For extra strength, and if allowed timber usage permits, repeat the outside sloping members, but with notches spaced from the notches used for the outside members, so that the side members run parallel but with a space between. In this way, the shear stresses on the bottom chord where notched will be halved. This is the weakest part of the structure, so this will help. Also, buckling forces on this side member will be halved as well. Glue in some webbing here and there to further stiffen it, making a sort of a box girder on both sides.

This design is further improved if the top two horizontal pieces are at a very slight angle downwards on both sides, so that the 5 joints on top trace out a circular arc. This design is a mix between a "Tied-Arch" and a more conventional Warren Truss.

As always, and which cannot be repeated enough here, special attention must be given to the joints. Failure will most probably occur at one of the joints. Care should be taken to not notch the members too deeply, which should be less than 25% of the thickness of the timber. The best kind of notch design is the way the ends of the bottom chord are notched. Note that the member "pushing" the chord is exerting a force on a face that is perpendicular to the wood grain. If instead there is an acute angle "wedge", then it will literally wedge apart the grain of the wood, hastening shear failure.

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Sharky, I have more very important question, which will have a huge impact the final design. Where, exactly, is the loading to be applied? We know that it's concentrated at the centerline of the structure, but is it at the top center or bottom center? It's easier to design something that will handle loading at the top center than the bottom center, because we have few effective ways of handling tensile stresses at the joints, because hot glue on wood is a joke for that.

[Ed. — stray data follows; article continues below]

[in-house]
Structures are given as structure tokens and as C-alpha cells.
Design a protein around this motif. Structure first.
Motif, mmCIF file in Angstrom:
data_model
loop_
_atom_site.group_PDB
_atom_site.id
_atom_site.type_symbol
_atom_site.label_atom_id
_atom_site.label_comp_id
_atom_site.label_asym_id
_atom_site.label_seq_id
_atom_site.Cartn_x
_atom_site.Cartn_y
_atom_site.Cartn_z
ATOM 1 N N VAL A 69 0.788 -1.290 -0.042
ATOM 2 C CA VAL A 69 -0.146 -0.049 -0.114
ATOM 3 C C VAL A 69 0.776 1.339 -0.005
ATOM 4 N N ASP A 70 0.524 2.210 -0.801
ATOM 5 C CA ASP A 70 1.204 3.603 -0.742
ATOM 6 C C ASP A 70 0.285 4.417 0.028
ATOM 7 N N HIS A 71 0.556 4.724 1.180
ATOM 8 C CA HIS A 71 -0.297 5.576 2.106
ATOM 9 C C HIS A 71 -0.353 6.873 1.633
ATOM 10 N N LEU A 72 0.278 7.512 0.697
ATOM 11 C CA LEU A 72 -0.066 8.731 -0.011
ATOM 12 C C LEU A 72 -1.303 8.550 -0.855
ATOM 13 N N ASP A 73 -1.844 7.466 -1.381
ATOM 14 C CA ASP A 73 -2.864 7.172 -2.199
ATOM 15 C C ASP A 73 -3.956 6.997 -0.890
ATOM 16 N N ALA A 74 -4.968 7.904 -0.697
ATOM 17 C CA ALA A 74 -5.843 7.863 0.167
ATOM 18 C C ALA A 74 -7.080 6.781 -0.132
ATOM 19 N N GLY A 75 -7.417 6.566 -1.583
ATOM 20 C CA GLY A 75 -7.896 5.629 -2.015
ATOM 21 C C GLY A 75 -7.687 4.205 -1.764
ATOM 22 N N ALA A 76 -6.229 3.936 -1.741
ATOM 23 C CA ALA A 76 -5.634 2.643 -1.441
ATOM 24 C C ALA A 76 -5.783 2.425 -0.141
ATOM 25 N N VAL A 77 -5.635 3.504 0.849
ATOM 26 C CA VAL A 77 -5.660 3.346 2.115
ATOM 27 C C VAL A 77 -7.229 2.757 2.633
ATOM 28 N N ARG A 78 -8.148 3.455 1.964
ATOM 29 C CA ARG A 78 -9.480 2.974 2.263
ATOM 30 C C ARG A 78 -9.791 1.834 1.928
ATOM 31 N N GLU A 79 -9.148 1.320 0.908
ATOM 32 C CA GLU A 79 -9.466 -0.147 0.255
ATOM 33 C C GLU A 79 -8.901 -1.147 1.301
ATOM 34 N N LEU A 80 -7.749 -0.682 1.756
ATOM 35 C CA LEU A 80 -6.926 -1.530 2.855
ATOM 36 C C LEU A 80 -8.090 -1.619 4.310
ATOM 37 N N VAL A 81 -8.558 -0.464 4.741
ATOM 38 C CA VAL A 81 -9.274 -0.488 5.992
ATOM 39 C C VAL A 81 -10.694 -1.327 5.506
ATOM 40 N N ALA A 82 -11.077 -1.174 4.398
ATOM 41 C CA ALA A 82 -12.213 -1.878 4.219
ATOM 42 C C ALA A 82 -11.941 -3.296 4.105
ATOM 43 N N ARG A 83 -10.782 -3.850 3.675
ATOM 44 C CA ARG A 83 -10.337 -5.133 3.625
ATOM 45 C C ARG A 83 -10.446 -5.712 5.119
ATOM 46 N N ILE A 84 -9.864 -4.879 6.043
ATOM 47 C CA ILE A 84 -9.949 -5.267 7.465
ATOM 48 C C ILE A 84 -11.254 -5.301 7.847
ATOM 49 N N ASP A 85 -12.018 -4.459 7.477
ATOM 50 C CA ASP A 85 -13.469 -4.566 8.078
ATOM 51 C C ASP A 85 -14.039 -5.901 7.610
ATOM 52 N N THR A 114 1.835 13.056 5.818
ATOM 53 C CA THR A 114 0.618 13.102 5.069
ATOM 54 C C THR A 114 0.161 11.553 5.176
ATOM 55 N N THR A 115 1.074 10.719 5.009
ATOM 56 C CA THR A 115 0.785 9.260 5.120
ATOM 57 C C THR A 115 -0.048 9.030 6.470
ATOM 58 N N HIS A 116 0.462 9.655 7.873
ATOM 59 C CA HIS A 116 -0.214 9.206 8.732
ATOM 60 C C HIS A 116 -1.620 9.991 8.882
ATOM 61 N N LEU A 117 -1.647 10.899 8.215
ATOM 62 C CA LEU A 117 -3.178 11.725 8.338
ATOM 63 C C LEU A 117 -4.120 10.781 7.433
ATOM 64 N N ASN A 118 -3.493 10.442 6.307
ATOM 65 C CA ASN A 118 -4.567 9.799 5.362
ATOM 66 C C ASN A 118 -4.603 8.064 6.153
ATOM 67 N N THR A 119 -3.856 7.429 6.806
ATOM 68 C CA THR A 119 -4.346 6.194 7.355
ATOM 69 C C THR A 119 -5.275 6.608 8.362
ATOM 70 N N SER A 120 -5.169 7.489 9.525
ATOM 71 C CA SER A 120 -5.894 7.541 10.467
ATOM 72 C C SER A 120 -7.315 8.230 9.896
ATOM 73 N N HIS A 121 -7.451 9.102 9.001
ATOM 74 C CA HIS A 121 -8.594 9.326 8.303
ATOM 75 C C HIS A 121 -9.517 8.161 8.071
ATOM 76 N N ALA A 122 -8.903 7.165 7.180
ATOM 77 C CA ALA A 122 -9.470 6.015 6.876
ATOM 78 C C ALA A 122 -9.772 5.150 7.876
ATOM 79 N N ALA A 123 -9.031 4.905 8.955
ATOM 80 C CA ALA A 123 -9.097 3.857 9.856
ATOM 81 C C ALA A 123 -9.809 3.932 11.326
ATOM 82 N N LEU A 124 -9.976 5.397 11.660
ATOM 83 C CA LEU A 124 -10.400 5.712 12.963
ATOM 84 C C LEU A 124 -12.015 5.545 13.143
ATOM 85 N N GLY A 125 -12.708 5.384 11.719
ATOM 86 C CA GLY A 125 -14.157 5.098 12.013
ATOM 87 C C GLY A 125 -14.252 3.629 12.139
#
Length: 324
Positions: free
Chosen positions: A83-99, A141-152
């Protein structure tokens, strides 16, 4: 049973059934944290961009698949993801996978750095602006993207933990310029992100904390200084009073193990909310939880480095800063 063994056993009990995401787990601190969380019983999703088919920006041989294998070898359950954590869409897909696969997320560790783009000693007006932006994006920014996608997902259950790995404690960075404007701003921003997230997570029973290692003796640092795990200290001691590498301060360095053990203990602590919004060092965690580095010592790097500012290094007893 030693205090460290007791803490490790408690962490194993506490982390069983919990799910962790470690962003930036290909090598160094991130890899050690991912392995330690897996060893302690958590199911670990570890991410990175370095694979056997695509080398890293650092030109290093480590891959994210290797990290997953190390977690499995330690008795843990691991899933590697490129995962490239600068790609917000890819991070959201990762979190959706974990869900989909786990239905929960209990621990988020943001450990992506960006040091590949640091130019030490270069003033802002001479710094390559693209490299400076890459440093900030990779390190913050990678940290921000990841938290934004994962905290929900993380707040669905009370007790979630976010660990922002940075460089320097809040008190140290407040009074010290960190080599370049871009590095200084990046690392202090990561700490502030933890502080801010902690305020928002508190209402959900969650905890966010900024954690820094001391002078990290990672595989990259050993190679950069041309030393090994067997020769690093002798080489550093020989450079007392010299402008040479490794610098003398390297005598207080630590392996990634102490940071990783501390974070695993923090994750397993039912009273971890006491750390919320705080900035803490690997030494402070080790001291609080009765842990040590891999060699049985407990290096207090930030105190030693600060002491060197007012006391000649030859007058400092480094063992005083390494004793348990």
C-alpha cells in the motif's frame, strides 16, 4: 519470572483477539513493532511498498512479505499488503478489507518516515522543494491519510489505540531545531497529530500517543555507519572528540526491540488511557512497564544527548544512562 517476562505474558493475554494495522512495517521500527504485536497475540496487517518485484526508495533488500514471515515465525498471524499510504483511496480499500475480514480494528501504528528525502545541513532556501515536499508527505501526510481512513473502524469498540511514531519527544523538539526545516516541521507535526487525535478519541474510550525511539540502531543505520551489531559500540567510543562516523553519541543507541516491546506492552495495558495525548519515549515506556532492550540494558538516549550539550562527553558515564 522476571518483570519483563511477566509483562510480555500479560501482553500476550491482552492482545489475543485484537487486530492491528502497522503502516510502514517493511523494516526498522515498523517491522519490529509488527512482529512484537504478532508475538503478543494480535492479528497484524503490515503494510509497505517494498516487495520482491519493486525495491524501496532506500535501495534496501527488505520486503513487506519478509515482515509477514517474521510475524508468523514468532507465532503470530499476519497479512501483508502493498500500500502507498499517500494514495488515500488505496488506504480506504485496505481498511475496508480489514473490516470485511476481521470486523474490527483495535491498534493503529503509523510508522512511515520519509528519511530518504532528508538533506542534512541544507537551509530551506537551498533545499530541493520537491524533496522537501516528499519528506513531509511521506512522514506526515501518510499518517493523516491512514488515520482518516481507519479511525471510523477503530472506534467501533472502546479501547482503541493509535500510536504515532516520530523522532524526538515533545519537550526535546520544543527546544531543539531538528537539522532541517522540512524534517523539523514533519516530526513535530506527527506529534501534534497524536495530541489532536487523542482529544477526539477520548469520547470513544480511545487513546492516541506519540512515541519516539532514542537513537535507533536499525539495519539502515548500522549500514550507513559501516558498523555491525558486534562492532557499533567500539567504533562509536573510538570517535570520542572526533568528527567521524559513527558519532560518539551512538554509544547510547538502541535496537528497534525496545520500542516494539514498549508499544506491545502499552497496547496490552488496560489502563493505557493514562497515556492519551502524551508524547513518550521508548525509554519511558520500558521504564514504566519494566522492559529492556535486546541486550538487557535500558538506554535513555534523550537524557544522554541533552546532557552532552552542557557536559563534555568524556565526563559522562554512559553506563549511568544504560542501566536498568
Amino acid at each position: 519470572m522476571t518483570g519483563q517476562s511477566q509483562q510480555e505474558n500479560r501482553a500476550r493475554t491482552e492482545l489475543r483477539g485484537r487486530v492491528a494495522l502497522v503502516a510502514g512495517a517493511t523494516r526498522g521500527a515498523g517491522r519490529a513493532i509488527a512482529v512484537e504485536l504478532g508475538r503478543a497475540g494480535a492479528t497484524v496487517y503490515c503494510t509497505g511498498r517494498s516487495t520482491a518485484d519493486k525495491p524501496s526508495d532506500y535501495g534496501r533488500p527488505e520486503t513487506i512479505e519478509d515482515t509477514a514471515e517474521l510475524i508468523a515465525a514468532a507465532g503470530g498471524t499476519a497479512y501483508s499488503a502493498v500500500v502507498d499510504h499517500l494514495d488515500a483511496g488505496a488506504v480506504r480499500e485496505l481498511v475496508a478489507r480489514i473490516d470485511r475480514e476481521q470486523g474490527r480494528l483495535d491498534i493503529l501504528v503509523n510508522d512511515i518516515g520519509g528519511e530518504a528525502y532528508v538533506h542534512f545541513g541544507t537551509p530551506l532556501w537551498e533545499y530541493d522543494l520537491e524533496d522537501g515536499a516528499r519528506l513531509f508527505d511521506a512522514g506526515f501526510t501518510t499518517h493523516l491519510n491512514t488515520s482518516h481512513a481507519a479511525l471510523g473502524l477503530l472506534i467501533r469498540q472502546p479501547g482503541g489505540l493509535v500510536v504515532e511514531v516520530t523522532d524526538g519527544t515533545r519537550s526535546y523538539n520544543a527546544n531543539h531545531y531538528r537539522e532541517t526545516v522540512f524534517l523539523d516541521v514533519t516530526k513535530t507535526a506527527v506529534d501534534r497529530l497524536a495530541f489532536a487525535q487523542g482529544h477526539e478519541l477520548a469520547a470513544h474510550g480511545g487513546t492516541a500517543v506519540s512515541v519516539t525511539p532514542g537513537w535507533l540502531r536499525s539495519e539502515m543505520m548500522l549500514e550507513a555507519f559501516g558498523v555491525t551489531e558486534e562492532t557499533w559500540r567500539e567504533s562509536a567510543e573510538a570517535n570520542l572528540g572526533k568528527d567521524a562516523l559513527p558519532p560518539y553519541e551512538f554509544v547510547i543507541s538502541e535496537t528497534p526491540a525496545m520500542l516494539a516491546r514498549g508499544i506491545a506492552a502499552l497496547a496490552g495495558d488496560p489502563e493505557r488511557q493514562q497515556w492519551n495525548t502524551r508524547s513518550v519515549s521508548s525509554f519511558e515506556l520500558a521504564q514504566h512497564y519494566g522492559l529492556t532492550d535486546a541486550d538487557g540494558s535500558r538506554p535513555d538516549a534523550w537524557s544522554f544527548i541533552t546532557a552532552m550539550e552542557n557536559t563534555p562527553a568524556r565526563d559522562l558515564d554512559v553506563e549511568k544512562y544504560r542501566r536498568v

As I said earlier, joint design is now critical, and the wood, which is 6 x 6 mm in cross section, is just thick enough to allow cut-out indentations for members to be glued into. Thus, we don't depend on the glue for structural strength, but the shear strength of the wood itself. The final design will be simpler than the last, but there's more details to be considered at the joints.

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The top centre, should've mentioned that. How deep would the indentations be?

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Well, that's good, the 2nd draft which has a center vertical beam, should be suitable for that kind of loading. Notches should be no deeper than about 25% of the thickness of the timber. It's kind of hard to work with pieces of wood only 6 mm square, so be careful not to overcut.

The exception is where the 2 crossed members overlaps. The notches have to be 1/2 deep, for them to fit together to stay 6 mm thick overall.

The more I think about this problem, the more refinements, I can come up with to boost performance.

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Okay, here's one draft

Sharky's Bridge

Now, but this design depends on being able to cross members over each other as shown, so that at each crossing there is a dab of glue. This design attempts to maximize the number of such glued joints, because this will be the weakest part of the structure---the dabs of glue itself. It's better to have 3 dabs handling 3 crossed members instead of trying to bind them all with a single dab, however large.

This is far from a conventional truss design, this is strictly for the purpose of competition loading right at the centerline, given the limitations of "hot glued joints". The total length of members here is somewhere under 2727 millimeters, the maximum allowed. The principle behind this design is that it's a "tied-arch", probably one of the oldest structural design, dating back to Roman times, whereby an arch is stabilized by a tie chord at the bottom, i.e., the arch consists of members under compression while the tie is a member with tensile stress. The load at the center bottom is supported by angle members under tensile stress, which are attached at two points in the arch section of this design. Extra stiffeners have been added at the sides and center to provide more opportunities for glued joints.